By Tony Dokoupil, NBC News
Marijuana has never had a year like 2014.
The first aboveboard just-for-fun cannabis markets rose in Colorado and Washington. Voters in Oregon and Alaska passed ballot initiatives to create the same. And a consistent majority of Americans said they support plans to legalize the drug nationwide, according to polls by NBC News and others.
Yet 2014 also brought the first formidable anti-marijuana message in ages. The men and women of Smart Approaches on Marijuana, or Project SAM, might be the most potent voice of prohibition since Nancy Reagan's "Just Say No" tour three decades ago.
The result was a year of fierce cross currents.
The anti-drug crowd fought to protect people from marijuana, believing that sobriety is the ideal and indulgence dangerous. The reform side, meanwhile, fought to protect marijuana users from legal harm, believing that insobriety is normal and indulgence should not be a crime.
Here are five marijuana storylines that stood out amid all the smoke:
1. The First Legal Sales in Colorado and Washington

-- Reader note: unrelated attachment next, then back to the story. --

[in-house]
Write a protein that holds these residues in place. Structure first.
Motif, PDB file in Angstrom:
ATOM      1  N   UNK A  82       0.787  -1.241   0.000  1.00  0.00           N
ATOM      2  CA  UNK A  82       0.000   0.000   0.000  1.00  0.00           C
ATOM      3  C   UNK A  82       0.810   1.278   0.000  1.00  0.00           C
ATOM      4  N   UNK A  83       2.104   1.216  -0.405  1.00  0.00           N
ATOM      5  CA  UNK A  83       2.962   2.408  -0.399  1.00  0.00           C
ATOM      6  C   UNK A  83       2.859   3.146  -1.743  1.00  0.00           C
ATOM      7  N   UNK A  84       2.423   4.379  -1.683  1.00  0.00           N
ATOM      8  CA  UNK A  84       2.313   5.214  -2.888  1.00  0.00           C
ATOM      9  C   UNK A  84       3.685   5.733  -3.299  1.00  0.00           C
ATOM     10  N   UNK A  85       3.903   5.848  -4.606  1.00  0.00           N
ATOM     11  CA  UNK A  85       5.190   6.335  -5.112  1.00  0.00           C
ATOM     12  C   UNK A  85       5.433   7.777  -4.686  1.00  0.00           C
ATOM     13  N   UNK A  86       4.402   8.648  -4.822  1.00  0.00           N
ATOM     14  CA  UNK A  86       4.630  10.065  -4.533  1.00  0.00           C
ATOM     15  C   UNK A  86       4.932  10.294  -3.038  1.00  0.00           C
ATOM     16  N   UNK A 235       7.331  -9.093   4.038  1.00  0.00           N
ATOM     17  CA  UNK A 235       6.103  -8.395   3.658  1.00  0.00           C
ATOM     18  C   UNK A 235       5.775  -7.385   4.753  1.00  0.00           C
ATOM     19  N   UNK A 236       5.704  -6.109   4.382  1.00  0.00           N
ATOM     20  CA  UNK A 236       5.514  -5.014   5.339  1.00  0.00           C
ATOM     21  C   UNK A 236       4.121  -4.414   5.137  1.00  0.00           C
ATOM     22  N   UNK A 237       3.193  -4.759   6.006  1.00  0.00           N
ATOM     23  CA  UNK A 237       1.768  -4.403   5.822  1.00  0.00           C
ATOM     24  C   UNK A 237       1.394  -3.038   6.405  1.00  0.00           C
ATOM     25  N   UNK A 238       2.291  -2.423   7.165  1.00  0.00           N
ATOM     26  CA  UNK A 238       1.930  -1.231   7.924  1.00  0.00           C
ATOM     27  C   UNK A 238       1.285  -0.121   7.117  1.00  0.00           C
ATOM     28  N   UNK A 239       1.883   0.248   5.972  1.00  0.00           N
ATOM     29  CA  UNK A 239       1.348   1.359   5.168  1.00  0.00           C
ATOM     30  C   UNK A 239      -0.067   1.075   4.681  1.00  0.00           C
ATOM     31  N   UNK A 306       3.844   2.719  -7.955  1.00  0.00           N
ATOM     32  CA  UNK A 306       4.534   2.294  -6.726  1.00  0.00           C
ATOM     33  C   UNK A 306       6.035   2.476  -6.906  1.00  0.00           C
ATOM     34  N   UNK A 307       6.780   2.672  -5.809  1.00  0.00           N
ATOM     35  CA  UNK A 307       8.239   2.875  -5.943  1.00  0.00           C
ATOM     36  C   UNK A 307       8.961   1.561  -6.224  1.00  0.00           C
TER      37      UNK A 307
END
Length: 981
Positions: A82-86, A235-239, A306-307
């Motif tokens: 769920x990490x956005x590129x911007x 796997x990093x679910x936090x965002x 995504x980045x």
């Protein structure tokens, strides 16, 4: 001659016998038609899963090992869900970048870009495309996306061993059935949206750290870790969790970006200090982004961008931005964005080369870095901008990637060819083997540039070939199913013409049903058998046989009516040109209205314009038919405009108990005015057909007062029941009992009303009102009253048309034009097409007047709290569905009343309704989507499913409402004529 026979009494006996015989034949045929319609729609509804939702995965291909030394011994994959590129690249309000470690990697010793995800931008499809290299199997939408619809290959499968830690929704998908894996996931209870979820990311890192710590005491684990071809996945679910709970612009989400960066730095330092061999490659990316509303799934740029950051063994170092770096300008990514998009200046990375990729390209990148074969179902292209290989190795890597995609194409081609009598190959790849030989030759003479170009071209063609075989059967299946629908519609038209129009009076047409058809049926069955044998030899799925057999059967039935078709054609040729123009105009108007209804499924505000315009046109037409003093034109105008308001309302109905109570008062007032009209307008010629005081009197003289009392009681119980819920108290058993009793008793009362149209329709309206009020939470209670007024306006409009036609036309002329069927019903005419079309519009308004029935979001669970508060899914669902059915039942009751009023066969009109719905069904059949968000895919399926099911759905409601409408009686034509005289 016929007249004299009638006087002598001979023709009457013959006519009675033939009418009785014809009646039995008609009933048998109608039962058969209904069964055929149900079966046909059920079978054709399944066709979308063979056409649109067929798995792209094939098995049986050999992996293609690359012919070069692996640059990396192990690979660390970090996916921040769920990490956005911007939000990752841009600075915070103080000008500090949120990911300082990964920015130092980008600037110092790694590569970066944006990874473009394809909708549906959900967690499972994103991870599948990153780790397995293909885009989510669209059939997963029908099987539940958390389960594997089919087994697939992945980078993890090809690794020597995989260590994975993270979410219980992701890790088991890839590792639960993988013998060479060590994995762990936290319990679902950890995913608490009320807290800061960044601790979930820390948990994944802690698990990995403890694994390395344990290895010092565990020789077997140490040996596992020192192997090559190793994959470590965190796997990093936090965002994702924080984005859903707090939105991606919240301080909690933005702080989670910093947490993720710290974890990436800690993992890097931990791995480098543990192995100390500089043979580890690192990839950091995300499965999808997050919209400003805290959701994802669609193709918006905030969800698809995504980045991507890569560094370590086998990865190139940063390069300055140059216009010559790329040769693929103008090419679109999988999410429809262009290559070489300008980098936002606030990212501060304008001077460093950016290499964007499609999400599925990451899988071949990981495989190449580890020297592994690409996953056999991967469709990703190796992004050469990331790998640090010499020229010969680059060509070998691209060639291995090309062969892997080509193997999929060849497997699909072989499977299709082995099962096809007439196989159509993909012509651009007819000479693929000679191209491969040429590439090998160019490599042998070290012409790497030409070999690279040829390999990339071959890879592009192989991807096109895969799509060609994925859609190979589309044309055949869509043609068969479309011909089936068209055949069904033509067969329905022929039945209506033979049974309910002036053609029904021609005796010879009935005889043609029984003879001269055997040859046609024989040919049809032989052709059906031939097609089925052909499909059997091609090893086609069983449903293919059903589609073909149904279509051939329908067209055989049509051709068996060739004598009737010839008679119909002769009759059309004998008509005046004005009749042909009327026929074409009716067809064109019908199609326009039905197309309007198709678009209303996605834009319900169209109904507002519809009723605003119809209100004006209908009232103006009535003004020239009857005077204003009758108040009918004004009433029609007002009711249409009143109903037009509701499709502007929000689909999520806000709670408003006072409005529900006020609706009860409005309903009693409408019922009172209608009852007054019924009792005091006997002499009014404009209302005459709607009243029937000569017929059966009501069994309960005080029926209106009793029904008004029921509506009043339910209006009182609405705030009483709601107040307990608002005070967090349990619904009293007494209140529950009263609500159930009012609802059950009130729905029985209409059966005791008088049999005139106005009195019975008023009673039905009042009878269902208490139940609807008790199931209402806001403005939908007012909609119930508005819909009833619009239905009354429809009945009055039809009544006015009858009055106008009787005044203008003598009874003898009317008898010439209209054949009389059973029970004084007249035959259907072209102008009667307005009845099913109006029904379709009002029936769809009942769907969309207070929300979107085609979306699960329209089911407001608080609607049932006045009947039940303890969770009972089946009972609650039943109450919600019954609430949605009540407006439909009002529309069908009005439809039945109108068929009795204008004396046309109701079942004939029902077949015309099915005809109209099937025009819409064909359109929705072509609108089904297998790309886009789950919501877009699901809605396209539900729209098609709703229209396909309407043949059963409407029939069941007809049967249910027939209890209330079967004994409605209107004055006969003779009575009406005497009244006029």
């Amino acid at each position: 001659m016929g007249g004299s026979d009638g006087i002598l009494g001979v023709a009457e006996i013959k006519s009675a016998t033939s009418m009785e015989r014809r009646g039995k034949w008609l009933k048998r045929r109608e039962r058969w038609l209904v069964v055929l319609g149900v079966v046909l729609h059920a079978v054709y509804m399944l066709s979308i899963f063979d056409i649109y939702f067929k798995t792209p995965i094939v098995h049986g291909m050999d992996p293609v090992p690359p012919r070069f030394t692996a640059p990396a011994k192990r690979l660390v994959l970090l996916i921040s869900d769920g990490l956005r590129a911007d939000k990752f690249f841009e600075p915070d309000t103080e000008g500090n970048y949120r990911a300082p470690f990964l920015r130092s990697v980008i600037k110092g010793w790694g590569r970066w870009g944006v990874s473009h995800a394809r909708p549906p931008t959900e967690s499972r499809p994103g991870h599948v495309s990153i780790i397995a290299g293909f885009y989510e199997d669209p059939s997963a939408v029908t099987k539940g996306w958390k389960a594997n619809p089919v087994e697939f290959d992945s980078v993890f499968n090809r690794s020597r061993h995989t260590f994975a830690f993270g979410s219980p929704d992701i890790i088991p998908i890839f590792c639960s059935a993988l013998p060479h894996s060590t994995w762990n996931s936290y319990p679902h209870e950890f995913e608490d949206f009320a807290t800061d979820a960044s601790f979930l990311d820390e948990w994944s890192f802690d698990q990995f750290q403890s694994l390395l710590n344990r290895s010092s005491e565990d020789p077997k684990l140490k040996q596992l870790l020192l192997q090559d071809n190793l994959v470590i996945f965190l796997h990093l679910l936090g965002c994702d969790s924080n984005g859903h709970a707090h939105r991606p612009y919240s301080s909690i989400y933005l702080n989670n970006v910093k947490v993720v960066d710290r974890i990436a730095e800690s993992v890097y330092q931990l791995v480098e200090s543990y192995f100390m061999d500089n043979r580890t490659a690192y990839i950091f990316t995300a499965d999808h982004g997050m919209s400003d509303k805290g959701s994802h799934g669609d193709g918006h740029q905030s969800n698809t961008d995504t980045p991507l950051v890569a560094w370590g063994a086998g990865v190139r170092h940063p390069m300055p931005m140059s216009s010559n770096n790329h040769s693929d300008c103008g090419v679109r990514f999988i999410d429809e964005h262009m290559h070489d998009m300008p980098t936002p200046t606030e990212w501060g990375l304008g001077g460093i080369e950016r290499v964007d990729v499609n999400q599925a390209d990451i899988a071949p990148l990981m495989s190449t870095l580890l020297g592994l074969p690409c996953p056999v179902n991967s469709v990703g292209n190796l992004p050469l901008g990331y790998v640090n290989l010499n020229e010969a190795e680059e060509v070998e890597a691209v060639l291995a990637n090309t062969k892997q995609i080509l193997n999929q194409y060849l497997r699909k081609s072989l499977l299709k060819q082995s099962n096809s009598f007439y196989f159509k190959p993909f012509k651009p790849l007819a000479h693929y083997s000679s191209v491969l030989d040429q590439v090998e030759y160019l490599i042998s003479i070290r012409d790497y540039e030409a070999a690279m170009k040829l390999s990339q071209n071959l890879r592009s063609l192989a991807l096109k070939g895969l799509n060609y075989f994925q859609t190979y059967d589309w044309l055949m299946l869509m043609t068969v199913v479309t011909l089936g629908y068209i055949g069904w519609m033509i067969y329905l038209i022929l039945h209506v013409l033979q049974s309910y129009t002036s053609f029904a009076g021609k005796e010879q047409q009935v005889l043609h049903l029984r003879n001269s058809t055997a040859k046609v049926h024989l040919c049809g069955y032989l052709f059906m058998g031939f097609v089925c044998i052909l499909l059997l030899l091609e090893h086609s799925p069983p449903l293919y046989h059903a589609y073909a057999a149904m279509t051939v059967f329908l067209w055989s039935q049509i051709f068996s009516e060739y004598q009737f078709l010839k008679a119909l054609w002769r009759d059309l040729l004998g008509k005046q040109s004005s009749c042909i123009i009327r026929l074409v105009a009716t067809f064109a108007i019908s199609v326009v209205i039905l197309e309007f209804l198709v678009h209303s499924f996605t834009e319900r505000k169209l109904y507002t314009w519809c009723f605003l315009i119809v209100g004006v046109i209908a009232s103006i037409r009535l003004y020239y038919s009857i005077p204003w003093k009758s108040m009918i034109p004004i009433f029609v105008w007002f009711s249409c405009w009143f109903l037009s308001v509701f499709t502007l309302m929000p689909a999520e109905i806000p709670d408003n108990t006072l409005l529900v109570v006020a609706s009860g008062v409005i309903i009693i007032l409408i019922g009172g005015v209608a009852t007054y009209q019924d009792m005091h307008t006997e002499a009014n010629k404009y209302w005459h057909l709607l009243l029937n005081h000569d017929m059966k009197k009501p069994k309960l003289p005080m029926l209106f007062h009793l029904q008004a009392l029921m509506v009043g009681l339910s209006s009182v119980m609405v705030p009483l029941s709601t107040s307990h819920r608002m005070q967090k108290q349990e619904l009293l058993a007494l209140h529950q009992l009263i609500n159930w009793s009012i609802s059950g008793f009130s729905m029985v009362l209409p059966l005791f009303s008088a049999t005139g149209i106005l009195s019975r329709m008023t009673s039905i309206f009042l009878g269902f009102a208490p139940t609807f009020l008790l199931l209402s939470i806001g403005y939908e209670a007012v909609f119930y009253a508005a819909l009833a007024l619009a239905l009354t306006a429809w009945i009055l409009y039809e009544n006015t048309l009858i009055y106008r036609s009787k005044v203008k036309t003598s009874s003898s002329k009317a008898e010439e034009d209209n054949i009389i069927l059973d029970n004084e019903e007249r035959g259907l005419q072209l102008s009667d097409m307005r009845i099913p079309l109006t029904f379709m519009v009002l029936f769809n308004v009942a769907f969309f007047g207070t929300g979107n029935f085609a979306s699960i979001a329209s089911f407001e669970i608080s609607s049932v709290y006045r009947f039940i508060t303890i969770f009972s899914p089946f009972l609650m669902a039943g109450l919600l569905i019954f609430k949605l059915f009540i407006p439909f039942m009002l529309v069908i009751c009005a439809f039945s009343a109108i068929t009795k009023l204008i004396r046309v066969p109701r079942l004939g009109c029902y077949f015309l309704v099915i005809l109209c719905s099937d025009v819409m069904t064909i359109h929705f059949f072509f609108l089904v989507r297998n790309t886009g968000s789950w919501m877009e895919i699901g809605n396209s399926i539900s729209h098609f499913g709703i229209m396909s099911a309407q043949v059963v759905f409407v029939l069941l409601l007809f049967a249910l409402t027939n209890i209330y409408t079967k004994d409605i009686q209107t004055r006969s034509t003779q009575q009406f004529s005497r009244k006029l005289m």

Last New Year's Day, Colorado debuted the sale of recreational pot to adults. In Washington state, at 2 a.m. on a Monday in July, a small number of retail shop owners—after receiving an electronic copy of a license to sell just-for-fun cannabis—followed Colorado into the green future.
In both states, the skies remained up, the ground remained down, and sales went off without any of the crime or public debauchery some critics feared. Advocates declared victory.
"Colorado has shown the world that cannabis can be safely bought and sold," said Mike Elliott, executive director of the Marijuana Industry Group, a powerful lobby for the Mile High state's newest industry. "Colorado's economy boomed, with thousands of new jobs," he continued, "and we also saw evidence of decreases in violent crime, traffic fatalities and teen marijuana use."
But hold on, critics said.
As Elliot himself is quick to point out, many problems remain. The black market is still strong in some parts of Denver, for example, and on the street the authorities can't tell the difference between a legally grown piece of pot and an illegal one. A bud is just a bud.
As new users flocked to powerful pot-infused "edibles," meanwhile, some found themselves dangerously zonked. "High" driving also emerged as a concern, and is still spurring furious debate over the appropriate limit for marijuana in the bloodstream.